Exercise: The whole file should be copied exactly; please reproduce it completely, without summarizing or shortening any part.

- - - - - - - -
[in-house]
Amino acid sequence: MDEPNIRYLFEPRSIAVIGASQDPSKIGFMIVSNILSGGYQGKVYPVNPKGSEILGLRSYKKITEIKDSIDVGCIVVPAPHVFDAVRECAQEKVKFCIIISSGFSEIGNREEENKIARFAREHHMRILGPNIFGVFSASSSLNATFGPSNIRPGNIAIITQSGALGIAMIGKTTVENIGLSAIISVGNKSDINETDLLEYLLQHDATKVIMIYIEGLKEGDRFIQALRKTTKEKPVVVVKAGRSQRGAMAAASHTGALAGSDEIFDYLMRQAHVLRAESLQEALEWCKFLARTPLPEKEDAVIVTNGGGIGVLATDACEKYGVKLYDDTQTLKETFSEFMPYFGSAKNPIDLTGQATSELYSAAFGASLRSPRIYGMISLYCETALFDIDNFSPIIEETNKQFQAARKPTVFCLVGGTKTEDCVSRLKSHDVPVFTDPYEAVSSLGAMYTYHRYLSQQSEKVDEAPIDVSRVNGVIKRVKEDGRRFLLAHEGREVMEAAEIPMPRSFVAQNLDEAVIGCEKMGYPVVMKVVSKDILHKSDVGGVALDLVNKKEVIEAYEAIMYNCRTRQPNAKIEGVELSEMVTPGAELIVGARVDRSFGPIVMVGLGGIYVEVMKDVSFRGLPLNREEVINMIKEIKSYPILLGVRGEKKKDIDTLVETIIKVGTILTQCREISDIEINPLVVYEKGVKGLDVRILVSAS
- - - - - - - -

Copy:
[in-house]
Amino acid sequence: MDEPNIRYLFEPRSIAVIGASQDPSKIGFMIVSNILSGGYQGKVYPVNPKGSEILGLRSYKKITEIKDSIDVGCIVVPAPHVFDAVRECAQEKVKFCIIISSGFSEIGNREEENKIARFAREHHMRILGPNIFGVFSASSSLNATFGPSNIRPGNIAIITQSGALGIAMIGKTTVENIGLSAIISVGNKSDINETDLLEYLLQHDATKVIMIYIEGLKEGDRFIQALRKTTKEKPVVVVKAGRSQRGAMAAASHTGALAGSDEIFDYLMRQAHVLRAESLQEALEWCKFLARTPLPEKEDAVIVTNGGGIGVLATDACEKYGVKLYDDTQTLKETFSEFMPYFGSAKNPIDLTGQATSELYSAAFGASLRSPRIYGMISLYCETALFDIDNFSPIIEETNKQFQAARKPTVFCLVGGTKTEDCVSRLKSHDVPVFTDPYEAVSSLGAMYTYHRYLSQQSEKVDEAPIDVSRVNGVIKRVKEDGRRFLLAHEGREVMEAAEIPMPRSFVAQNLDEAVIGCEKMGYPVVMKVVSKDILHKSDVGGVALDLVNKKEVIEAYEAIMYNCRTRQPNAKIEGVELSEMVTPGAELIVGARVDRSFGPIVMVGLGGIYVEVMKDVSFRGLPLNREEVINMIKEIKSYPILLGVRGEKKKDIDTLVETIIKVGTILTQCREISDIEINPLVVYEKGVKGLDVRILVSAS